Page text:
Supervisor: Dr Viji Draviam
Aneuploidy (incorrect number of chromosomes) is a hallmark of aggressive cancers, but the underlying molecular cause is unclear. The PhD student will aim to discover molecular mechanisms that prevent aneuploidy in human cells.
When a cell divides into two, its microtubules must properly capture each chromosome at specialised multi-protein structures called kinetochores. Therefore, to understand how aneuploidy arises, we should understand how kinetochores are captured by microtubules. Recent high-resolution microscopy work in the Draviam group showed that kinetochores are first captured along microtubule walls and then brought to microtubule-ends. This is an important cellular event because when the kinetochore is not tethered to microtubule-ends, the growth and shrinkage of microtubule-ends can not push or pull chromosomes.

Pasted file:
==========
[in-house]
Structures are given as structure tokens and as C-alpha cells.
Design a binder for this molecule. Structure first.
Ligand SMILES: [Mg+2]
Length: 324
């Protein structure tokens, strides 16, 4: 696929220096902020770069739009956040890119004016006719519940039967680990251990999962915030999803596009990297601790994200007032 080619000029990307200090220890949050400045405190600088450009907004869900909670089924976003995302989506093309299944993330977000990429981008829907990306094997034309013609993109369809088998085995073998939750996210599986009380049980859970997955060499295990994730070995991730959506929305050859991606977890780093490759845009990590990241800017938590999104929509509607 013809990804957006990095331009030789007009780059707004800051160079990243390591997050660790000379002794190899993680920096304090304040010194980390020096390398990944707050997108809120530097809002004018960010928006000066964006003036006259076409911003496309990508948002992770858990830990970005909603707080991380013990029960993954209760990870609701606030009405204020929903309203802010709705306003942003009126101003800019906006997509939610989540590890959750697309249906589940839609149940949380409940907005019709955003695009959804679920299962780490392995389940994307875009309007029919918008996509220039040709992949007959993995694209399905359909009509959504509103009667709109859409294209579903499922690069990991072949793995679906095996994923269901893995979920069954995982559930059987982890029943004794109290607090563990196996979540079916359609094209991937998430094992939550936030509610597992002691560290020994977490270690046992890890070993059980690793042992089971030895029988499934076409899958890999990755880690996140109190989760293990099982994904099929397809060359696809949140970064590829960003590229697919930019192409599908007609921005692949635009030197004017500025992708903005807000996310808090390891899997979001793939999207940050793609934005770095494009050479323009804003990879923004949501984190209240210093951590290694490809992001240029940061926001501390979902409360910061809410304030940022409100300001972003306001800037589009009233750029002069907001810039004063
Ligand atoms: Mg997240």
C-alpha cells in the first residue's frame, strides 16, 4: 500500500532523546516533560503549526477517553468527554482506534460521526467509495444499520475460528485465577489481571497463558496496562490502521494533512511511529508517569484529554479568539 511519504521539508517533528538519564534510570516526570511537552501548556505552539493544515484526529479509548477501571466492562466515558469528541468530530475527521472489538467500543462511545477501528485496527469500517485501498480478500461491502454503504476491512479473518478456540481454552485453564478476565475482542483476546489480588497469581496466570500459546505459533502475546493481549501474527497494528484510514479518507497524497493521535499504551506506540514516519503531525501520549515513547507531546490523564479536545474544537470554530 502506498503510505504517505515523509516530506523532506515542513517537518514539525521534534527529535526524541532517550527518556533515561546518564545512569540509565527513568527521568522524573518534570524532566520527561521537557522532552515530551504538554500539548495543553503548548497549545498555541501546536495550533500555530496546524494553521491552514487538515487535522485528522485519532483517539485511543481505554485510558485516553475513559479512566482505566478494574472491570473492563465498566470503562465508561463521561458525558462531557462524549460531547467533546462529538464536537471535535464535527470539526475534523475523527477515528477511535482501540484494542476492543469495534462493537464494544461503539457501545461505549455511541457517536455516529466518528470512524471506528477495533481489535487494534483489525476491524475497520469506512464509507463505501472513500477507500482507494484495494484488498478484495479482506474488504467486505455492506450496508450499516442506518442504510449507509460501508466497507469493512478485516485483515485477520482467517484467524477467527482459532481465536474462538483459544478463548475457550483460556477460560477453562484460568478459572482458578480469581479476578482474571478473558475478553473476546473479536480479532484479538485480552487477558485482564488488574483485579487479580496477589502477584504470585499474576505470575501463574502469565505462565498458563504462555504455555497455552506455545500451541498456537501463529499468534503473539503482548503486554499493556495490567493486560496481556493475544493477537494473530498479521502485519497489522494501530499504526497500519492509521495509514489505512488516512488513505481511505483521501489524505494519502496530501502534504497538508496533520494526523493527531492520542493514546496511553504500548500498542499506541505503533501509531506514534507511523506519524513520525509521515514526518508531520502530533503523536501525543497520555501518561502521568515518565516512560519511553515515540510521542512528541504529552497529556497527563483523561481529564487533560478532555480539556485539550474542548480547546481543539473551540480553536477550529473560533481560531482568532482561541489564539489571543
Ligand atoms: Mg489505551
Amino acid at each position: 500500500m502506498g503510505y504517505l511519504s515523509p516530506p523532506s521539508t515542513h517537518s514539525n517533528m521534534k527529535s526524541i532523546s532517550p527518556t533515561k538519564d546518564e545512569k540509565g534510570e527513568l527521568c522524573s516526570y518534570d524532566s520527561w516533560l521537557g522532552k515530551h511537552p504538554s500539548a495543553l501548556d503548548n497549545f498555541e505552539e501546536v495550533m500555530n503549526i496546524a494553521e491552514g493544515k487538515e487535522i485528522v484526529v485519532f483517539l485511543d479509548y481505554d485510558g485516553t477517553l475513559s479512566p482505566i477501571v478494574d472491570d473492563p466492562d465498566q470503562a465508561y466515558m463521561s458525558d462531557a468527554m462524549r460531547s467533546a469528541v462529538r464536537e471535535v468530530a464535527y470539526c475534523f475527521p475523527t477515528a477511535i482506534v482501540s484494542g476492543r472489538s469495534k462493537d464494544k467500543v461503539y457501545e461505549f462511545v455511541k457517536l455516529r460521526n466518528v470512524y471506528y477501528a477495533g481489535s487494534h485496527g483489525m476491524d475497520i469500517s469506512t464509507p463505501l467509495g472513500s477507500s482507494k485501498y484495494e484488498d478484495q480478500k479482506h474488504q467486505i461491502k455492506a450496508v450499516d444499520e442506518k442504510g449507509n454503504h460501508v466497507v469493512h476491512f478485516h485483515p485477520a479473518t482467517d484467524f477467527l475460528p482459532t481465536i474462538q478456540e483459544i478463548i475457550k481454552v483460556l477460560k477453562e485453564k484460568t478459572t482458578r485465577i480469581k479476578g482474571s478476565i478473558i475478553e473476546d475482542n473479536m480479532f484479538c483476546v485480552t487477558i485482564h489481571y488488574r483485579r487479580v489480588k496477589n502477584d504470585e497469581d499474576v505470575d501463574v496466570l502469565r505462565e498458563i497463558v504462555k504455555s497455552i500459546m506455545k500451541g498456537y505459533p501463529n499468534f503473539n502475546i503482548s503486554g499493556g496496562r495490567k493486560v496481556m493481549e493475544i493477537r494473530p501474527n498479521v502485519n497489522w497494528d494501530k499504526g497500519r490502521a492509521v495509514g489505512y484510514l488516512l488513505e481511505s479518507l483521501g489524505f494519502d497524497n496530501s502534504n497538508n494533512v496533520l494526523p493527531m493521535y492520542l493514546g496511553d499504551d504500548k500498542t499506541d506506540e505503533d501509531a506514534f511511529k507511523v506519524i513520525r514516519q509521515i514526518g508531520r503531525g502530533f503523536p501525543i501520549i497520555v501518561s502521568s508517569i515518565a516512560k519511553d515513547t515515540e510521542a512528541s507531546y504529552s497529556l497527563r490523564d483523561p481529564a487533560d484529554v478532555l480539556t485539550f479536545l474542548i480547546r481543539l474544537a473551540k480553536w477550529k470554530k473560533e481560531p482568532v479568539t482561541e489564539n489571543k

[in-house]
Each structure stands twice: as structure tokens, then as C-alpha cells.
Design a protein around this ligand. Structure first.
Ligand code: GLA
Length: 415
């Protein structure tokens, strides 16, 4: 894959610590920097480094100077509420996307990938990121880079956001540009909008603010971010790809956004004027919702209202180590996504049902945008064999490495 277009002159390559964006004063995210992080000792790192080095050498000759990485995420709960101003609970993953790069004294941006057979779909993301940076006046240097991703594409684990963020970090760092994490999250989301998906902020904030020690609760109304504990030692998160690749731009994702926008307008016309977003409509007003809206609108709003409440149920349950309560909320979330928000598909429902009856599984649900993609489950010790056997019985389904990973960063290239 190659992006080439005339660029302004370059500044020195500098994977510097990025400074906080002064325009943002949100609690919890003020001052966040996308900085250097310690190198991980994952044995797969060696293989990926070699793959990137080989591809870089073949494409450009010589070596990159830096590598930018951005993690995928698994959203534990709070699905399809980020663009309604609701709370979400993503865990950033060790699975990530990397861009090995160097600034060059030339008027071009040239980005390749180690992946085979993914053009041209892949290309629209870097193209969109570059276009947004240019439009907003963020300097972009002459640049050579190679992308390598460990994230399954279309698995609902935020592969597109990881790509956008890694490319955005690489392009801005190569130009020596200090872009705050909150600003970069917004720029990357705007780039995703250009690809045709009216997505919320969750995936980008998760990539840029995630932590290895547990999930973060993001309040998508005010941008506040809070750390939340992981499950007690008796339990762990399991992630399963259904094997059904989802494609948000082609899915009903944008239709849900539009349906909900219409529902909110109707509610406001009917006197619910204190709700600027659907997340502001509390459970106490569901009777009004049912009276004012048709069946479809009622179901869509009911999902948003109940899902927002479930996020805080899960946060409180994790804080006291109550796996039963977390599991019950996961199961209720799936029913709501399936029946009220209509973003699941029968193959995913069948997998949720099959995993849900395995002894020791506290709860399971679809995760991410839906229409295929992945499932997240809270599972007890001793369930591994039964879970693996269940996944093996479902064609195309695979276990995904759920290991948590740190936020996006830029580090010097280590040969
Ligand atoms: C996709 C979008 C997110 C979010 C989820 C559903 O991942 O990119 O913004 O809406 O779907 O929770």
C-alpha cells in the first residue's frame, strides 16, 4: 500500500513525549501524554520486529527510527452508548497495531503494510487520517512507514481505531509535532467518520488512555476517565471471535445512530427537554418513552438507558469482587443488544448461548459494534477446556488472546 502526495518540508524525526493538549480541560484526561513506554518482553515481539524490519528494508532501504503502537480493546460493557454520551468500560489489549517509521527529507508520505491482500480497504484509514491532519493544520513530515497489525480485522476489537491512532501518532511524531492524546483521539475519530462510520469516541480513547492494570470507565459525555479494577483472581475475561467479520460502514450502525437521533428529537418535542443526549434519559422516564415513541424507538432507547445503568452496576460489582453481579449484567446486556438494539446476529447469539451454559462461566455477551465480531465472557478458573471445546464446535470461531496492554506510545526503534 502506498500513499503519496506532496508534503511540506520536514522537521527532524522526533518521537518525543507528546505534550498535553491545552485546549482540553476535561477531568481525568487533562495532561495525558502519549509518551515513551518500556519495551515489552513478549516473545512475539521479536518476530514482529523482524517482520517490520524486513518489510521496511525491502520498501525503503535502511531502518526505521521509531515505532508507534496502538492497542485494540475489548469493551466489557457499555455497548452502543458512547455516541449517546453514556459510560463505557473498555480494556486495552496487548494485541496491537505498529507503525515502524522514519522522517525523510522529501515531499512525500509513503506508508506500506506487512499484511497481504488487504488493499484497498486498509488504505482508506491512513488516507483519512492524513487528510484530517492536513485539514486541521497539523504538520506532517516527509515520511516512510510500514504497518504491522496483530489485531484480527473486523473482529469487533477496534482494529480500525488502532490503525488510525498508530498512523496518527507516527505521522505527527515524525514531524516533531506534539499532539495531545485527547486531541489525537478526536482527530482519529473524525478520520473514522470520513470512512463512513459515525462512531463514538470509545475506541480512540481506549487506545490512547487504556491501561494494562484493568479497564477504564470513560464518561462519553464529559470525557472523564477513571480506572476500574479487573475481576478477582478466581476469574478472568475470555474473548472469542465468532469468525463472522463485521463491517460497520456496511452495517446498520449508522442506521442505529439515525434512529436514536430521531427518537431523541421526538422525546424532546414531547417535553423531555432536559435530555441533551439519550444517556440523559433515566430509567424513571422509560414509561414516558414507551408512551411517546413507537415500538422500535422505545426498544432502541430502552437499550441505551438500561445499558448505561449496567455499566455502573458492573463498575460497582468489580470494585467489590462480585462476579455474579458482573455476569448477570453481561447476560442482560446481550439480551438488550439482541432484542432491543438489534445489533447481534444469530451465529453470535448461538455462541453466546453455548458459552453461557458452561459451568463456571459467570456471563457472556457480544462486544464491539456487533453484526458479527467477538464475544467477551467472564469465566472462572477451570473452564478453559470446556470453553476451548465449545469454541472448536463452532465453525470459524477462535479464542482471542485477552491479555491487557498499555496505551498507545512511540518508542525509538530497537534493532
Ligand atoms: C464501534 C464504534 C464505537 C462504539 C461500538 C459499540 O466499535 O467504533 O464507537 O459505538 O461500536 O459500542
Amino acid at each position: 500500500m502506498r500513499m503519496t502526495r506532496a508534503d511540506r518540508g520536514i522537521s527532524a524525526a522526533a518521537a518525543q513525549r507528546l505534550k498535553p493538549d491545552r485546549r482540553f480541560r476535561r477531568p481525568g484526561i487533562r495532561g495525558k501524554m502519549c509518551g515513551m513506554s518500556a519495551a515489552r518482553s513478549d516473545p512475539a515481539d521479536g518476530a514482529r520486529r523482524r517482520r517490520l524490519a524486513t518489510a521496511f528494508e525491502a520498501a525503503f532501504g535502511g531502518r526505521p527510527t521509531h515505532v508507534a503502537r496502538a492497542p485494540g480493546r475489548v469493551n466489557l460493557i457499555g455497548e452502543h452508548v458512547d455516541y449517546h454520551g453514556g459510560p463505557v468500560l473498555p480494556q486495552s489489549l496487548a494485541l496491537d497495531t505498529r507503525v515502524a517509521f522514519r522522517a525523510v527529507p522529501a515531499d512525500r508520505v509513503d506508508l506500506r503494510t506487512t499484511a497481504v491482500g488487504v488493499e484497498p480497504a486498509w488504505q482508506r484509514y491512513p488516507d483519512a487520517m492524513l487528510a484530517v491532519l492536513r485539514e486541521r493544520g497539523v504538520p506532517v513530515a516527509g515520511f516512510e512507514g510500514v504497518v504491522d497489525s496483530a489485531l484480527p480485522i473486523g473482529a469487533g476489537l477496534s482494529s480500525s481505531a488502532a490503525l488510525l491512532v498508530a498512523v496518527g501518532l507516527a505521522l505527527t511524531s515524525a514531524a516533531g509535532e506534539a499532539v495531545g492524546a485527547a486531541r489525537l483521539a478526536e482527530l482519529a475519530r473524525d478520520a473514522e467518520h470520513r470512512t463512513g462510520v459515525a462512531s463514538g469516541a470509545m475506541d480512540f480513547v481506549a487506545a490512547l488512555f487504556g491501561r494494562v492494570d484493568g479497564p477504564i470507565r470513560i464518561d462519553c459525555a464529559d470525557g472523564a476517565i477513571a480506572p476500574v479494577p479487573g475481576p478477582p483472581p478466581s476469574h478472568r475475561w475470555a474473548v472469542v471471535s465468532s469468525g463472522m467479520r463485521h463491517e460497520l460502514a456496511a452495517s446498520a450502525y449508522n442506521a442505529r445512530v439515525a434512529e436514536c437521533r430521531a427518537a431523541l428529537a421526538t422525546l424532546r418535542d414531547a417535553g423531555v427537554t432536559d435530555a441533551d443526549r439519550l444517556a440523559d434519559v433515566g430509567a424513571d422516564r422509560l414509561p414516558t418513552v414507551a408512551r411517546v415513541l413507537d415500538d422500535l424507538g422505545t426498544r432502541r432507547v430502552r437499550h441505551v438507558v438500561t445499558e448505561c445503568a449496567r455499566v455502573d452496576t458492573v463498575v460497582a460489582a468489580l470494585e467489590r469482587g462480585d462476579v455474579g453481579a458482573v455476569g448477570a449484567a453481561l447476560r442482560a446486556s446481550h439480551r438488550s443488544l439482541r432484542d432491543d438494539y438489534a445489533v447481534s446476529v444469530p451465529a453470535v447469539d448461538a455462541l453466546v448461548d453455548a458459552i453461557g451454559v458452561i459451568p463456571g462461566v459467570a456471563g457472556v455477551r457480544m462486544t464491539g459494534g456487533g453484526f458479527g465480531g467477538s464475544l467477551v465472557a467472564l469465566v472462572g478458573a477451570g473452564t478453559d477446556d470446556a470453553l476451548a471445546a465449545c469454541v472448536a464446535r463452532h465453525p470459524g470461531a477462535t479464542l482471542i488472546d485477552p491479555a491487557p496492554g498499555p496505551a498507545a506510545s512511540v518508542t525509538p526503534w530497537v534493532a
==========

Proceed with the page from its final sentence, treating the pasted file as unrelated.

The PhD student will investigate:
a) how microtubules capture and move kinetochores and;
b) how microtubules impart adequate forces to pull apart chromosomes into two equal sets.
The student will be trained in state-of-art high-resolution live-cell microscopy, biochemistry and molecular biology techniques.
A brief work plan is listed below:
This multi-disciplinary project is ideal for students interested in working at the interface of cancer and basic biology research.
Applications are invited from candidates with at least an upper-second class honours degree in an area relevant to the project (e.g. Biochemistry, Molecular/Cellular Biology, Biomedical Sciences). Written and spoken English skills are essential.
For more information, please email Dr Viji M. Draviam.